Digg surveyed thousand of people to find out what features they want in its upcoming RSS reader in preparation for a June beta launch, the company said in a blog post Tuesday.
"Our beta release in June will be just the beginning, a product built with experimentation in mind by a team eager to work with you to build something you love," the Digg blog reads.
This means Digg will start testing its RSS reader, which will probably be a subscription service, just a month before.
This round of user feedback, gathered from over 8,600 responses, included whether or not people would pay for a RSS reader. Most users said no, but 40 percent said they would be willing to pay.
"Free products on the Internet don't have a great track record. They tend to disappear, leaving users in a lurch," according to the blog post. "We need to build a product that people can rely on and trust will always be there for them. We're not sure how pricing might work, but we do know that we'd like our users to be our customers, not our product. So when we asked survey participants whether or not they would be willing to pay, we were pleased to see that over 40 percent said yes."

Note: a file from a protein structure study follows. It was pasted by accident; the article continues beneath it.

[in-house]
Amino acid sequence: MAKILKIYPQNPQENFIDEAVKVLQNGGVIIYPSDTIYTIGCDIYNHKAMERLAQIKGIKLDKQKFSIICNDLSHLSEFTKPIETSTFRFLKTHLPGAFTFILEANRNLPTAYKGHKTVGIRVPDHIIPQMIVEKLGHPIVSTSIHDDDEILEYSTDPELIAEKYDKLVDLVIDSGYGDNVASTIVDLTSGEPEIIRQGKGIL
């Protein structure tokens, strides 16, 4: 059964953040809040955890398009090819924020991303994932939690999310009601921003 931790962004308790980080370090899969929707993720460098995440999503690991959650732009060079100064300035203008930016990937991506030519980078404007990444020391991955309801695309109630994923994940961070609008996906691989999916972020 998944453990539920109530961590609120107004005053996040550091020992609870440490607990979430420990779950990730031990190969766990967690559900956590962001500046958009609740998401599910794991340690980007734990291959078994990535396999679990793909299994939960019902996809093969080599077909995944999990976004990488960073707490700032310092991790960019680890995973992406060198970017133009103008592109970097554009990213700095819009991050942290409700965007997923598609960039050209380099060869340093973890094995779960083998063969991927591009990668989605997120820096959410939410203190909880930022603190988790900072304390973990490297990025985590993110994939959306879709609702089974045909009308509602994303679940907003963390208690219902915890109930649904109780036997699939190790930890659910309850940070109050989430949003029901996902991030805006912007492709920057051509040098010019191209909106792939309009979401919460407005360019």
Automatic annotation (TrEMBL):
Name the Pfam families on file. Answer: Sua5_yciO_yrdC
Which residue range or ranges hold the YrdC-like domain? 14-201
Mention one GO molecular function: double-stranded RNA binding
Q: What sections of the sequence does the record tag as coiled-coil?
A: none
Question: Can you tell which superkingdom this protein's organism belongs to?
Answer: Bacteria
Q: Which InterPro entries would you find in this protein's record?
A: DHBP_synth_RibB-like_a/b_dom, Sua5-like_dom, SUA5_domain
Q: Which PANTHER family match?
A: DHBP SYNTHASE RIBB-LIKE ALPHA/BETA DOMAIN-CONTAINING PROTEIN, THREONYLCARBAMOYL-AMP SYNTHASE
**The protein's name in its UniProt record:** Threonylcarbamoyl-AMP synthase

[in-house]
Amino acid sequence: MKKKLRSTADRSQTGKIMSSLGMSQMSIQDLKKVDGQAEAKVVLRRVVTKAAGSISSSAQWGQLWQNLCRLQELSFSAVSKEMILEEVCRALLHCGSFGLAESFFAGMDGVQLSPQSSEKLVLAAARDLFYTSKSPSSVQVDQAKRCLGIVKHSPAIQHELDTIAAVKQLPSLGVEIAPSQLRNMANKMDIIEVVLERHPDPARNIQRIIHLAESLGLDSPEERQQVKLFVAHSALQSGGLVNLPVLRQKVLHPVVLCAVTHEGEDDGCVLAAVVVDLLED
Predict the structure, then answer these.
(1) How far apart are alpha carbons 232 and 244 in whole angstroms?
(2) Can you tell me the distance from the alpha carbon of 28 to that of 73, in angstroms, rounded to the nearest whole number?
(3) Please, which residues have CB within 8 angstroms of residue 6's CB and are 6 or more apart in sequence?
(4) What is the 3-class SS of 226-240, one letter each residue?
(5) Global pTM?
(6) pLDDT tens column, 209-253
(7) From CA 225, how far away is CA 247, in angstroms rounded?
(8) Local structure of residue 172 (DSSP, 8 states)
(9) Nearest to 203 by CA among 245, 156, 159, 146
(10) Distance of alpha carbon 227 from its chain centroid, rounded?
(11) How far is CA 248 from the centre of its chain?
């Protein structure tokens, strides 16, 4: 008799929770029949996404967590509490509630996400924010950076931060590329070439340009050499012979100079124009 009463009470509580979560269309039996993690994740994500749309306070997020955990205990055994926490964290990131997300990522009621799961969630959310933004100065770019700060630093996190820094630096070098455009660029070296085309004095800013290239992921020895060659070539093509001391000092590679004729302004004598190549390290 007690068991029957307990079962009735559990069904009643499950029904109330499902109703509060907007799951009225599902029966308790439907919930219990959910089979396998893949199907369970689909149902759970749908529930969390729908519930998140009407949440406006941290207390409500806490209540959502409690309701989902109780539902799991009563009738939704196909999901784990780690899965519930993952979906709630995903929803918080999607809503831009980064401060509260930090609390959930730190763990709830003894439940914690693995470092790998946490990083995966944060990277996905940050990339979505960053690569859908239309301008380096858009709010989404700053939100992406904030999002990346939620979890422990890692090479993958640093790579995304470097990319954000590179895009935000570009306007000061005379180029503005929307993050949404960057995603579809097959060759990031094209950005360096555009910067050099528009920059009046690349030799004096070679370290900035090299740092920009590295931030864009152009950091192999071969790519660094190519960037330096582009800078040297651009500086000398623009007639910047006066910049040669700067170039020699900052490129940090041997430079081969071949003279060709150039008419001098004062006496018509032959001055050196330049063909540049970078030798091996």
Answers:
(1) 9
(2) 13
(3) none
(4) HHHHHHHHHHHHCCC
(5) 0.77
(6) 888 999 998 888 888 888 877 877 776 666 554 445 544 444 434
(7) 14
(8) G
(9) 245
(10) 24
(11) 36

Digg also plans to make sure it is easy to share links to Facebook, Twitter, e-mail, and "read it later" services like Pocket, Instapaper, Evernote, and Readability, based on survey results.
Nearly half of the people surveyed said they didn't use Google Reader's social features before Google got rid of them in 2011. Only 17 percent of people said they had used them often. Despite this, Digg plans to add social elements to its reader, but not at first.
"Though we may not have a robust social functionality in place for launch, ultimately we believe that social features which foster connections between readers will be an important part of the Digg experience," according to the blog post.
To sign up for Digg's surveys, go here. Digg that the new reader will be simple to use, work across a variety of devices, and easily import feeds from existing Google Reader accounts.